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Happy Tuesday! It’s been over a year since most of us went to a movie theater. Take a front-row seat today for a screening of how the film industry is innovating to survive, from surge pricing to an unlikely new breed of scriptwriters. Meet the marketer with the unenviable job of making Israeli Prime Minister Benjamin Netanyahu appear cuddly, listen to Quechua rap from Peru, check out some brilliant biographies and read to the end for answers to last week’s space quiz.
Isabelle Lee, Charu Sudan Kasturi and Nick Fouriezos
News in a Minute
1. The Next Merkel?
A trampolinist as a teenager, Annalena Baerbock is looking to leap to new heights, chosen by Germany’s Green Party on Monday as its candidate for September elections that’ll mark the end of Chancellor Angela Merkel’s 16-year rule. The Greens are now Germany’s second most popular party after Merkel’s Christian Democratic Union, which voted for its new leader Armin Laschet to seek the chancellorship. Read more about Germany’s upcoming transition on OZY. (Sources: Deutsche Welle, FT, CNBC)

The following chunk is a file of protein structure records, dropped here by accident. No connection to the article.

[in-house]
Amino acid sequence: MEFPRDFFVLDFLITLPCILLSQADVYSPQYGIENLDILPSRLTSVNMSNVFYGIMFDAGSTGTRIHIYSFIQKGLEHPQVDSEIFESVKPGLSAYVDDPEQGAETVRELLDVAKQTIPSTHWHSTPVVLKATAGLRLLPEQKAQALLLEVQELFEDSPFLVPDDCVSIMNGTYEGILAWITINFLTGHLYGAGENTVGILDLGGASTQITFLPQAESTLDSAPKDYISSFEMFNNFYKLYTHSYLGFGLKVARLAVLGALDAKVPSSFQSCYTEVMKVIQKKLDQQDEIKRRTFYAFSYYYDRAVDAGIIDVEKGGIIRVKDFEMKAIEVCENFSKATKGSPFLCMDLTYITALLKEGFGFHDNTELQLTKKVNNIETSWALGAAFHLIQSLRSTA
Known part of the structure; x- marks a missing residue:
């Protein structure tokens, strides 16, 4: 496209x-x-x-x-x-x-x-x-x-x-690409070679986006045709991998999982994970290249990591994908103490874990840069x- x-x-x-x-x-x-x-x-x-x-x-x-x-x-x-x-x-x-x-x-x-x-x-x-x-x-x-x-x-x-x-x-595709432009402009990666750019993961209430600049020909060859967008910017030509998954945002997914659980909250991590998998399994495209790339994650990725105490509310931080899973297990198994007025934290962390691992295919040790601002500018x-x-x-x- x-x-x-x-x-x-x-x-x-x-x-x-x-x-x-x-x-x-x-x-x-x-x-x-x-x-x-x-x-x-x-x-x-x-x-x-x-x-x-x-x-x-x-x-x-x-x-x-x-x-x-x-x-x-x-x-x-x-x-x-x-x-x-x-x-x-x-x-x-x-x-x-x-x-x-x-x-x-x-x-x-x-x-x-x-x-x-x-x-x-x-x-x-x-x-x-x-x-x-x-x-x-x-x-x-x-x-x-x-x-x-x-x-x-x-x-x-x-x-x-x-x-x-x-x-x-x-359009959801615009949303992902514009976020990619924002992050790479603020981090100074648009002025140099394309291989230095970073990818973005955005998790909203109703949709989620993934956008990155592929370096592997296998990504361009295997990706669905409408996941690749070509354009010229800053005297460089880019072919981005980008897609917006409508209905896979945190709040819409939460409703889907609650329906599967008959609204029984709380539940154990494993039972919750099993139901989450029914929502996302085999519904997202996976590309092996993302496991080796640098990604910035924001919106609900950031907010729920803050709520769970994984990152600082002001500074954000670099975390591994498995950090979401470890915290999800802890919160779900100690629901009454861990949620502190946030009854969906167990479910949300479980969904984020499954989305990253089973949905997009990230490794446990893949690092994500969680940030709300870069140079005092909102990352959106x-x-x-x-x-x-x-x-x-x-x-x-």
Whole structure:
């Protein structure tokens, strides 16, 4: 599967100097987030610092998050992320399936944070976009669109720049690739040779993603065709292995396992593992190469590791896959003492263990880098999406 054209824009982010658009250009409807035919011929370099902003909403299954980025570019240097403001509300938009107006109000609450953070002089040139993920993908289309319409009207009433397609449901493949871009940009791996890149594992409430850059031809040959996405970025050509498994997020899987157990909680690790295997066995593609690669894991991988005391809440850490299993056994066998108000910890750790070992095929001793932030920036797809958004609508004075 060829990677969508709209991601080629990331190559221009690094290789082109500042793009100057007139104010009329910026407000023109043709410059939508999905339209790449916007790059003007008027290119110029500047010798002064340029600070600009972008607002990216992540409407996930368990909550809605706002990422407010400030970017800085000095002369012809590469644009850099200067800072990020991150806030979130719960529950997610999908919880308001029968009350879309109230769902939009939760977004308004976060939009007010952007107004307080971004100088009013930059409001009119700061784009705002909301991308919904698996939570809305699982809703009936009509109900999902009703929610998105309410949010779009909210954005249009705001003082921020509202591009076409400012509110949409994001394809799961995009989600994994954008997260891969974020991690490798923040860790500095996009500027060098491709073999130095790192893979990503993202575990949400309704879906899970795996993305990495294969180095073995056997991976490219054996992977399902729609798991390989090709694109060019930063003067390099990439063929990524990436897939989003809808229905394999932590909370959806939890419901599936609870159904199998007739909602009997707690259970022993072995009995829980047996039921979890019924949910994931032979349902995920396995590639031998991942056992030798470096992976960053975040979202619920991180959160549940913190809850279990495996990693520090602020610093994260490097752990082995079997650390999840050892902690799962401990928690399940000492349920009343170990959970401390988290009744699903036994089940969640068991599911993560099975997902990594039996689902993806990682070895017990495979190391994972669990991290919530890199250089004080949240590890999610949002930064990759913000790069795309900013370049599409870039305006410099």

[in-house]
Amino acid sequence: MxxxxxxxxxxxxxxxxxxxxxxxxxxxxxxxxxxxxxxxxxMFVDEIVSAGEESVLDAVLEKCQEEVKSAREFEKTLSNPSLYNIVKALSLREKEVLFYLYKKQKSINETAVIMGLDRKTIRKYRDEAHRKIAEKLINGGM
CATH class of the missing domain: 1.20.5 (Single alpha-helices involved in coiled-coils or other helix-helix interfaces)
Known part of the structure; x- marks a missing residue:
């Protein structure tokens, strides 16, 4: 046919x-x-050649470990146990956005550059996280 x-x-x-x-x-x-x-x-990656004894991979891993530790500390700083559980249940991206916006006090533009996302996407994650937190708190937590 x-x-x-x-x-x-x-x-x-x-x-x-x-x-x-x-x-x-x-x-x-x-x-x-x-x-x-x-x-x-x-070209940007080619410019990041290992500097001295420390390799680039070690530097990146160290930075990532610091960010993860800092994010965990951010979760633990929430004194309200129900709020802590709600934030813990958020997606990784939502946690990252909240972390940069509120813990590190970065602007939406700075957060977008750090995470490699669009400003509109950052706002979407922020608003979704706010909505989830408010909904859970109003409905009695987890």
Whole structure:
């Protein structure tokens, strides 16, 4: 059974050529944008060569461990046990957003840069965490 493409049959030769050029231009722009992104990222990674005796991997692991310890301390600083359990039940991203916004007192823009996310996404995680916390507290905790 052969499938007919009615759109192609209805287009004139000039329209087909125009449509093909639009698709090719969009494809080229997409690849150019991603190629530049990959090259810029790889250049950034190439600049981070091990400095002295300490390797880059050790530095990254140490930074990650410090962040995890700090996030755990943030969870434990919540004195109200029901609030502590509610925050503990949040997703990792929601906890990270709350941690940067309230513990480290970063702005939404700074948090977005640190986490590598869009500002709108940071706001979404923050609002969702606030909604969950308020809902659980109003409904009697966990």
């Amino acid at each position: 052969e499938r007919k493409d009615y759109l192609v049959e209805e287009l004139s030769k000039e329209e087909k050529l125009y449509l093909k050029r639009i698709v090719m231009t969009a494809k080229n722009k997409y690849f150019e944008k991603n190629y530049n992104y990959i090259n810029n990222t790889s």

2. ‘Ego’ or Justice?
Which will win? That’s the question the prosecution posed in its closing arguments to the jury hearing the trial of former police officer Derek Chauvin, accused of killing 46-year-old George Floyd last May. (Sources: WaPo, CNN)
3. Partner in Crime
A U.S. law firm commissioned by Rwanda has concluded that France was complicit in the genocide of Tutsis in the East African nation in 1994. Its report suggests French officials knew a massacre was being planned but did nothing to stop it. Should France accept its responsibility? Vote here or on Twitter. (Source: Guardian)
4. Mondale No More
Former Vice President Walter Mondale passed away on Monday at his home in Minneapolis at the age of 93. A vocal civil rights champion, Mondale suffered a devastating rout at the hands of President Ronald Reagan in 1984. (Source: WSJ)
You could call it gaming the game. Chinese police have arrested 10 members of what might be the world’s largest video game cheating ring, which made $70 million last year by offering subscriptions to cheat codes for popular games.